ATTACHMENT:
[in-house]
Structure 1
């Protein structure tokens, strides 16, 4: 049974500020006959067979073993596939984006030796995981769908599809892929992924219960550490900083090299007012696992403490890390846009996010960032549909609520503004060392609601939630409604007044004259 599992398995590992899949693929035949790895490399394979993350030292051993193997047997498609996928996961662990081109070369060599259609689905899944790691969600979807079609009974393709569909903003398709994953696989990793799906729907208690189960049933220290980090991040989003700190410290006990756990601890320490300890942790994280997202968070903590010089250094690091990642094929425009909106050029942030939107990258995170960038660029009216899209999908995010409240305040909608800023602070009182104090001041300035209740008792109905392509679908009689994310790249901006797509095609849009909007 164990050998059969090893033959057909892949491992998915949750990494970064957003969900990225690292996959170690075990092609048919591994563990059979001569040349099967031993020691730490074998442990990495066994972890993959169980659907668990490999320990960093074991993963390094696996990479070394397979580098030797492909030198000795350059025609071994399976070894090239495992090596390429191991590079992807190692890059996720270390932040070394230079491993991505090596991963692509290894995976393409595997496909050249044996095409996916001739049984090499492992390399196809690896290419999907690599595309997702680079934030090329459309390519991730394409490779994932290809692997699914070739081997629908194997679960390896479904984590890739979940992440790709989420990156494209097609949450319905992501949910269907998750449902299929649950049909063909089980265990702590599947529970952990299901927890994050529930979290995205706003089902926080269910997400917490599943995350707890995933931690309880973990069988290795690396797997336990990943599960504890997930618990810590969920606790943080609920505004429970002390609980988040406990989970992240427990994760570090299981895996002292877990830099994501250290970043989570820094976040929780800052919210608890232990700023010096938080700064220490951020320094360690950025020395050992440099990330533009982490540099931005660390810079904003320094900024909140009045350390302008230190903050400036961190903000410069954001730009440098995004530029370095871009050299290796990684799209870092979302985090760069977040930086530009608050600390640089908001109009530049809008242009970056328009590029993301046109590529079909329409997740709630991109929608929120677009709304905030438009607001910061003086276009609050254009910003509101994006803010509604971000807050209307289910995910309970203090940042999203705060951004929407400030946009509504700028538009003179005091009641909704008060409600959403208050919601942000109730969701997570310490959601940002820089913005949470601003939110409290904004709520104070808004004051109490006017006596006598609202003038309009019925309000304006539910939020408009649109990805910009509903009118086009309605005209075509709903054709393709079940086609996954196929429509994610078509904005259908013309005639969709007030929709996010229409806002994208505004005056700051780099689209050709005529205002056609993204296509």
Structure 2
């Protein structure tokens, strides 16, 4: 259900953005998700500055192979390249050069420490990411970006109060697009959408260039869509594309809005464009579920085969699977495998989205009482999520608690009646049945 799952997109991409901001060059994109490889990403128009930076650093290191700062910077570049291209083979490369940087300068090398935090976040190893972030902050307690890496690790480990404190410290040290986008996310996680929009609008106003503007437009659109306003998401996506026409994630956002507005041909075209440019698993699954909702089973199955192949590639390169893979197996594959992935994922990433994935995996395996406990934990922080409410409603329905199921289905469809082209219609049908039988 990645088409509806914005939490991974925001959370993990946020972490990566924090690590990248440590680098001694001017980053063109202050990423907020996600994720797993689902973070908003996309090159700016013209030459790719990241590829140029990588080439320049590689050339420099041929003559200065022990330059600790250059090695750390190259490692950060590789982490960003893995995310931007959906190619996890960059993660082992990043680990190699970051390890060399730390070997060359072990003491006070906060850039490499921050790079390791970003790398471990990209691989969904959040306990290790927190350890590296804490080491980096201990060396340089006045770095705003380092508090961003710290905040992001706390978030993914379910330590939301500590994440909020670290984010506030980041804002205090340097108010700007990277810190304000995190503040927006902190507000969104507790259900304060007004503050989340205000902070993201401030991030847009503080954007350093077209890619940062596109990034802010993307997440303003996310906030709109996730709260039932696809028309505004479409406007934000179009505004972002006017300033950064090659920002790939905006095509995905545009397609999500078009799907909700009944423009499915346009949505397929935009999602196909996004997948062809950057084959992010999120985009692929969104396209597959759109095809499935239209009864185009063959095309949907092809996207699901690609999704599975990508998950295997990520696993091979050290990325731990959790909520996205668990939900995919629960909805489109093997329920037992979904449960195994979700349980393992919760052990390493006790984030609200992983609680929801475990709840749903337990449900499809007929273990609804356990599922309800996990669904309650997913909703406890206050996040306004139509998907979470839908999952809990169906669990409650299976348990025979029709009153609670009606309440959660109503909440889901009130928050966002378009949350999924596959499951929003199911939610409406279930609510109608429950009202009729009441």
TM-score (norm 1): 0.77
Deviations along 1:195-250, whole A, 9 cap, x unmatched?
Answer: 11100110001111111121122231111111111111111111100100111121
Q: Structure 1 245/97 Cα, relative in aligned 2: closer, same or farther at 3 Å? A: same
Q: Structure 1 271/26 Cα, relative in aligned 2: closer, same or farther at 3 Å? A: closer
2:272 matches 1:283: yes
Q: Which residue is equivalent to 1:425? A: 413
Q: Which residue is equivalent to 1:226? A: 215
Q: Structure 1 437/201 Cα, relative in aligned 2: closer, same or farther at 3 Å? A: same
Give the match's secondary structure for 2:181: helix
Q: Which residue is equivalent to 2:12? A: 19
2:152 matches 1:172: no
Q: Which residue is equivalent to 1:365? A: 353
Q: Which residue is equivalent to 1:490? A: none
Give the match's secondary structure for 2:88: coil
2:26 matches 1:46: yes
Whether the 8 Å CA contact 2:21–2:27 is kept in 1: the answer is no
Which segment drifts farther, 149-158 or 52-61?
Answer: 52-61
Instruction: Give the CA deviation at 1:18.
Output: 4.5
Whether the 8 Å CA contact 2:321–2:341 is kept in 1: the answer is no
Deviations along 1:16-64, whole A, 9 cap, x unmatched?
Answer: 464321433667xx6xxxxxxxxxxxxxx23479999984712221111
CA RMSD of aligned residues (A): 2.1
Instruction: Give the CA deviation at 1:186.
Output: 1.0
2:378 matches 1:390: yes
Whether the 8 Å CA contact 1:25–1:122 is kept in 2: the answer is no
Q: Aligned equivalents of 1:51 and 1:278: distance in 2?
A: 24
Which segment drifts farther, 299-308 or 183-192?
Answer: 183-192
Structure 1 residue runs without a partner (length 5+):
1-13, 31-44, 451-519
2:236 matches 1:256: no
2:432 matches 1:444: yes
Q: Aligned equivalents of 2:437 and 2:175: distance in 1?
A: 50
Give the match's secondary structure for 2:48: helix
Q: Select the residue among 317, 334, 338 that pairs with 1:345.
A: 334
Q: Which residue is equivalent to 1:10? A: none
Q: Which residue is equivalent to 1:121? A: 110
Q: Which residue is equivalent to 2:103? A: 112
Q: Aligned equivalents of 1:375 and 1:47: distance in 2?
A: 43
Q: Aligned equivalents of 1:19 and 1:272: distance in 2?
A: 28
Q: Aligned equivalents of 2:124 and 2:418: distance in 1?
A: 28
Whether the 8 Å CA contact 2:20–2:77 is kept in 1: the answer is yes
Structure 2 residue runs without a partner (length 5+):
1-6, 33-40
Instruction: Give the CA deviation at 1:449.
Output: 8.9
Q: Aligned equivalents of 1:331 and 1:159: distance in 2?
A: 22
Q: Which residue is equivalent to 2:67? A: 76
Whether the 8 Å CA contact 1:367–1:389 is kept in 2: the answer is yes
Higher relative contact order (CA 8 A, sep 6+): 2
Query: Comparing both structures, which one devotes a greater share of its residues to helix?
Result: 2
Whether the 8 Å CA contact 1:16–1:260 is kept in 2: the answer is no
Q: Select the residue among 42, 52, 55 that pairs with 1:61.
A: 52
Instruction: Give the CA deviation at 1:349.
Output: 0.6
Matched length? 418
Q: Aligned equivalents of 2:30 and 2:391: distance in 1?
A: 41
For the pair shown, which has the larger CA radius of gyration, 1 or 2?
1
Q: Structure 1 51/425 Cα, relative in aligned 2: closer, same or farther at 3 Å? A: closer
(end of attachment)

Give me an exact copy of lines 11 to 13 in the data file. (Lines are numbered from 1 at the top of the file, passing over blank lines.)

2:272 matches 1:283: yes
Q: Which residue is equivalent to 1:425? A: 413
Q: Which residue is equivalent to 1:226? A: 215